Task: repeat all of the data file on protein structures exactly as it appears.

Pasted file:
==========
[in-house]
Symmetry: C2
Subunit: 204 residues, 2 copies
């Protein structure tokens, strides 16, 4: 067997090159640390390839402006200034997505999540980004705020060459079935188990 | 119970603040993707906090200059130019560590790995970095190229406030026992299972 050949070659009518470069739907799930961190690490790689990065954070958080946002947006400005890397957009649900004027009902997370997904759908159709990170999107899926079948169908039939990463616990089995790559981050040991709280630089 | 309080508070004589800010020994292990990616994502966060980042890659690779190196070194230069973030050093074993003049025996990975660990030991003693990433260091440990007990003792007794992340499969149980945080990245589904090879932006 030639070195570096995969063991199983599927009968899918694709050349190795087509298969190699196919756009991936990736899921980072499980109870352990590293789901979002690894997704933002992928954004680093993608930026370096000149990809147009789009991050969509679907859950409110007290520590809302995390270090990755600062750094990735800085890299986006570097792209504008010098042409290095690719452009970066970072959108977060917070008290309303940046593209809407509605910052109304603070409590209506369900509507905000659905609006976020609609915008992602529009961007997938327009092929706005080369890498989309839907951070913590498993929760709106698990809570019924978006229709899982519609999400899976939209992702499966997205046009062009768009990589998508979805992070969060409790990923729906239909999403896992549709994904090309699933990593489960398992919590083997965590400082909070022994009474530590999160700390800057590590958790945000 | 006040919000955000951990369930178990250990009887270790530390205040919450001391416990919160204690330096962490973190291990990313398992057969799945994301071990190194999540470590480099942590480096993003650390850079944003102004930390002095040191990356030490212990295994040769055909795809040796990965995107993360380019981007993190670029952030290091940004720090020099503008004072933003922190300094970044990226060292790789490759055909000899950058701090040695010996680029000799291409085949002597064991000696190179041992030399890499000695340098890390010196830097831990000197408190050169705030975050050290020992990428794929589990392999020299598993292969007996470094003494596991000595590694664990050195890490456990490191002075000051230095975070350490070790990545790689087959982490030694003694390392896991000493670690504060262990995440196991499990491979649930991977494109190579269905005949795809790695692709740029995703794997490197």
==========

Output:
[in-house]
Symmetry: C2
Subunit: 204 residues, 2 copies
């Protein structure tokens, strides 16, 4: 067997090159640390390839402006200034997505999540980004705020060459079935188990 | 119970603040993707906090200059130019560590790995970095190229406030026992299972 050949070659009518470069739907799930961190690490790689990065954070958080946002947006400005890397957009649900004027009902997370997904759908159709990170999107899926079948169908039939990463616990089995790559981050040991709280630089 | 309080508070004589800010020994292990990616994502966060980042890659690779190196070194230069973030050093074993003049025996990975660990030991003693990433260091440990007990003792007794992340499969149980945080990245589904090879932006 030639070195570096995969063991199983599927009968899918694709050349190795087509298969190699196919756009991936990736899921980072499980109870352990590293789901979002690894997704933002992928954004680093993608930026370096000149990809147009789009991050969509679907859950409110007290520590809302995390270090990755600062750094990735800085890299986006570097792209504008010098042409290095690719452009970066970072959108977060917070008290309303940046593209809407509605910052109304603070409590209506369900509507905000659905609006976020609609915008992602529009961007997938327009092929706005080369890498989309839907951070913590498993929760709106698990809570019924978006229709899982519609999400899976939209992702499966997205046009062009768009990589998508979805992070969060409790990923729906239909999403896992549709994904090309699933990593489960398992919590083997965590400082909070022994009474530590999160700390800057590590958790945000 | 006040919000955000951990369930178990250990009887270790530390205040919450001391416990919160204690330096962490973190291990990313398992057969799945994301071990190194999540470590480099942590480096993003650390850079944003102004930390002095040191990356030490212990295994040769055909795809040796990965995107993360380019981007993190670029952030290091940004720090020099503008004072933003922190300094970044990226060292790789490759055909000899950058701090040695010996680029000799291409085949002597064991000696190179041992030399890499000695340098890390010196830097831990000197408190050169705030975050050290020992990428794929589990392999020299598993292969007996470094003494596991000595590694664990050195890490456990490191002075000051230095975070350490070790990545790689087959982490030694003694390392896991000493670690504060262990995440196991499990491979649930991977494109190579269905005949795809790695692709740029995703794997490197």